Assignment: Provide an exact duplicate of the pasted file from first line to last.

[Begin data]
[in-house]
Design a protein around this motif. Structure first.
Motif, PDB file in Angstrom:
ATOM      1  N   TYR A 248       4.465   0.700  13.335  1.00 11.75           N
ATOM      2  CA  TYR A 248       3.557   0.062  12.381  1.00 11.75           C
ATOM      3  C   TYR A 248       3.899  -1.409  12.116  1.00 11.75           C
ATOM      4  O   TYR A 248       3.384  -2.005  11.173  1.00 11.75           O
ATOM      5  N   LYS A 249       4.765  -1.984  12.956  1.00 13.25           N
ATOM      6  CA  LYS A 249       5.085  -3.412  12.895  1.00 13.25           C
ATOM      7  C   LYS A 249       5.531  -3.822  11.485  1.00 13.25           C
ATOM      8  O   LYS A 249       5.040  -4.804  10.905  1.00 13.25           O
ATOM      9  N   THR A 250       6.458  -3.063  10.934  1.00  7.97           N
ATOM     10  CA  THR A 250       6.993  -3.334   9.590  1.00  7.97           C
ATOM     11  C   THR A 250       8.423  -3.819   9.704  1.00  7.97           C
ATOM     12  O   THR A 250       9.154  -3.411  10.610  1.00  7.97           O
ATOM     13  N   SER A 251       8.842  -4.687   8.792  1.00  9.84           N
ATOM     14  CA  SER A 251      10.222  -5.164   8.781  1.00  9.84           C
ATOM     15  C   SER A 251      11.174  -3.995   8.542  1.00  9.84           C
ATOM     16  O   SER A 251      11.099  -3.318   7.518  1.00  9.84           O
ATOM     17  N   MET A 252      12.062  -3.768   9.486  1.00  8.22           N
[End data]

[in-house]
Design a protein around this motif. Structure first.
Motif, PDB file in Angstrom:
ATOM      1  N   TYR A 248       4.465   0.700  13.335  1.00 11.75           N
ATOM      2  CA  TYR A 248       3.557   0.062  12.381  1.00 11.75           C
ATOM      3  C   TYR A 248       3.899  -1.409  12.116  1.00 11.75           C
ATOM      4  O   TYR A 248       3.384  -2.005  11.173  1.00 11.75           O
ATOM      5  N   LYS A 249       4.765  -1.984  12.956  1.00 13.25           N
ATOM      6  CA  LYS A 249       5.085  -3.412  12.895  1.00 13.25           C
ATOM      7  C   LYS A 249       5.531  -3.822  11.485  1.00 13.25           C
ATOM      8  O   LYS A 249       5.040  -4.804  10.905  1.00 13.25           O
ATOM      9  N   THR A 250       6.458  -3.063  10.934  1.00  7.97           N
ATOM     10  CA  THR A 250       6.993  -3.334   9.590  1.00  7.97           C
ATOM     11  C   THR A 250       8.423  -3.819   9.704  1.00  7.97           C
ATOM     12  O   THR A 250       9.154  -3.411  10.610  1.00  7.97           O
ATOM     13  N   SER A 251       8.842  -4.687   8.792  1.00  9.84           N
ATOM     14  CA  SER A 251      10.222  -5.164   8.781  1.00  9.84           C
ATOM     15  C   SER A 251      11.174  -3.995   8.542  1.00  9.84           C
ATOM     16  O   SER A 251      11.099  -3.318   7.518  1.00  9.84           O
ATOM     17  N   MET A 252      12.062  -3.768   9.486  1.00  8.22           N